BY OUR PLATFORMS
BY THERAPEUTIC AREA
BY RESEARCH STAGE
15 August 2019
It is a fact that zebrafish are an excellent vertebrate model for developmental research. They share many molecular, biochemical, cellular, and physiological characteristics with higher vertebrates.
Zebrafish possess recognizable organ systems, such as liver, heart, kidney, and pancreas. The embryos of zebrafish develop externally and are optically transparent. This allows for simple, noninvasive microscopic observations of individual cells and systems across a broad range of developmental stages, as well as for visual inspection of organ-specific toxicological effects.
But it is not just a matter of development. New insights in toxicology using zebrafish demonstrate that it can be used to define and connect changes along the entire spectrum of toxicity research. Zebrafish toxicology is essential since it can be used to model toxicity from the initial intoxication, through the molecular initiating event, changes at the cellular, tissue, and organ levels in a fast manner. Finally, changes in phenotype, including alterations in growth and development or behavior and disease outcomes, can be easily observed.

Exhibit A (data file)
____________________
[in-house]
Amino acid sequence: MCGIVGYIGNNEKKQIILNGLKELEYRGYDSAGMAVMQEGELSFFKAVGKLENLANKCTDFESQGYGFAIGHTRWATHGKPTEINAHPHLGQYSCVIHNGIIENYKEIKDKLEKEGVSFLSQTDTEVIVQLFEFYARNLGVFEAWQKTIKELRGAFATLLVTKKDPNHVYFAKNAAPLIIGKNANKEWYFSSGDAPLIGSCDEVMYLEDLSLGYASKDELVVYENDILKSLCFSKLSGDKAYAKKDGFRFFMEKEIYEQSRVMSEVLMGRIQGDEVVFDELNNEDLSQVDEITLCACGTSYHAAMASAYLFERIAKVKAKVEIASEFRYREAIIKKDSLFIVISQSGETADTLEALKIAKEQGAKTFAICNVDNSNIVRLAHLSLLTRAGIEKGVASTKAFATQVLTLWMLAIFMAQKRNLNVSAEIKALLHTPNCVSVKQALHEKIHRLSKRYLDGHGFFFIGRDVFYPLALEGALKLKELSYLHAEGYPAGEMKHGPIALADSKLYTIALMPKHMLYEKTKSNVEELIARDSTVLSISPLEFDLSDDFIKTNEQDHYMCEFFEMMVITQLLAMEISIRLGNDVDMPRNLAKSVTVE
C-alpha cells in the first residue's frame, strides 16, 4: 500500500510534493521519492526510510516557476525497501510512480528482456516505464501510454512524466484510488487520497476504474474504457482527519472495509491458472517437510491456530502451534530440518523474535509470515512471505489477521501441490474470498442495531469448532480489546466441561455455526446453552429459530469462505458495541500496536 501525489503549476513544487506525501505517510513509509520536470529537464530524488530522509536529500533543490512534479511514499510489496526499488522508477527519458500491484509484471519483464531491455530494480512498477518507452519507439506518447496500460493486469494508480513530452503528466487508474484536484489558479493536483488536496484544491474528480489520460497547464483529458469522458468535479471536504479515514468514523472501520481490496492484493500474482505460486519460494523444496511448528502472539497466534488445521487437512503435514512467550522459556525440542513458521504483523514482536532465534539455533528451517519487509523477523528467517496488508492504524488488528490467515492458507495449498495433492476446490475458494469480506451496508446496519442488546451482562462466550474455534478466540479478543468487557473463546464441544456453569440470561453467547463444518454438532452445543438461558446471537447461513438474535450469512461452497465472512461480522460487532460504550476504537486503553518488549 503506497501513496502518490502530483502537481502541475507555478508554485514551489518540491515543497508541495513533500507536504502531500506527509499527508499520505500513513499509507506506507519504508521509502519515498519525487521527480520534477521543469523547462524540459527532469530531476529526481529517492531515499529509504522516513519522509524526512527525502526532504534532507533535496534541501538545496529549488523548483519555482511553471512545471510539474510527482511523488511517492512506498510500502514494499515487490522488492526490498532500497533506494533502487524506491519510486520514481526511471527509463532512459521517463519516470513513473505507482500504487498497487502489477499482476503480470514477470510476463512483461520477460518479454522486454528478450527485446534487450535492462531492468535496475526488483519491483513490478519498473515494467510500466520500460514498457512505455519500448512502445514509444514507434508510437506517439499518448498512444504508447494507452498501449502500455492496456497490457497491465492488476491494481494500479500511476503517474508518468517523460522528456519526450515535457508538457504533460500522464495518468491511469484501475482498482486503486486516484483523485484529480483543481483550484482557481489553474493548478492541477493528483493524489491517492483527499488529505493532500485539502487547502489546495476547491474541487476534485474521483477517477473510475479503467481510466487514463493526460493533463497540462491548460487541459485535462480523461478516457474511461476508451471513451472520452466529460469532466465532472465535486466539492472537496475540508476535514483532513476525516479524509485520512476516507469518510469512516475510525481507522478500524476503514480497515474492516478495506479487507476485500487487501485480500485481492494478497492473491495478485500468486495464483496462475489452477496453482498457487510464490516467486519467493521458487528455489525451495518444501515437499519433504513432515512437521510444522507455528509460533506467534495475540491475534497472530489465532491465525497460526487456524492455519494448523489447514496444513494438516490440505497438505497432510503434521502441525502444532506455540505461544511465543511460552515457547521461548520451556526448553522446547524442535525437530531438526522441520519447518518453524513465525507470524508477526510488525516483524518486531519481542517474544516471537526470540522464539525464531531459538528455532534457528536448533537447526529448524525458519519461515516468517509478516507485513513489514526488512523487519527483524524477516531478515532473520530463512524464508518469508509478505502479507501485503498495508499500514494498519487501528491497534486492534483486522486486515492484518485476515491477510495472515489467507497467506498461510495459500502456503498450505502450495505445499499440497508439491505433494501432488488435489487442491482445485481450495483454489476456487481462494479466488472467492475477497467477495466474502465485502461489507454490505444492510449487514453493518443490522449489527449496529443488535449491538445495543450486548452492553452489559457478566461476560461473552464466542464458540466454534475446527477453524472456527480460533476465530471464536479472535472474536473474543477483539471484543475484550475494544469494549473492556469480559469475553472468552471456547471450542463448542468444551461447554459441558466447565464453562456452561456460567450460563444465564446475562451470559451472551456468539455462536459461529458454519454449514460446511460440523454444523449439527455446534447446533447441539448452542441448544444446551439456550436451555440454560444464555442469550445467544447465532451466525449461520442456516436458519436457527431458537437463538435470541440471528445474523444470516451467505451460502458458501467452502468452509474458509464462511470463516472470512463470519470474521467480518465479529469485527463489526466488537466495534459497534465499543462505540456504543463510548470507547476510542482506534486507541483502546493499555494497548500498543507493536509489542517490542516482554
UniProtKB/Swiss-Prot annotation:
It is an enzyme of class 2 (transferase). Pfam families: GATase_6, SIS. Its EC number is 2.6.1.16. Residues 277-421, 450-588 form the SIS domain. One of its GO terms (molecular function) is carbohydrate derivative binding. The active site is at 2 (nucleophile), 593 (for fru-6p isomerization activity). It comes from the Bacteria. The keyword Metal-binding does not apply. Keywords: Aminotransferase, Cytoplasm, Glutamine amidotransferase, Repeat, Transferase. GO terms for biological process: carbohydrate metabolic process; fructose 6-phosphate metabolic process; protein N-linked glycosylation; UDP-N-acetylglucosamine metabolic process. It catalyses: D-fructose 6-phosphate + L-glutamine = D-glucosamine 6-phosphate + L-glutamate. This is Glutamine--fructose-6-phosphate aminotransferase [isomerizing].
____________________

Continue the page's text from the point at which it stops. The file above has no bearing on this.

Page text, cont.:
Also, the use of zebrafish for personalized medicine and gene-environment interaction research offer exciting opportunities to discover specific alleles functionally linked to chemical susceptibilities.
The developmental characteristics of the small fish are strategically being used by scientists to study topics ranging from high-throughput toxicity screens to toxicity in multi- and transgenerational studies.
High-throughput technology has increased the utility of zebrafish embryonic toxicity assays in the screening of chemicals and drugs for toxicity or effect.
Long-term toxicity can be predicted from studies with early life-stages, a good reason why using zebrafish larvae in toxicology screening.
ZeClinics will initiate every molecule safety study by testing its Acute Toxicity. This assay will allow the assessing of its possible lethality and teratogenicity.
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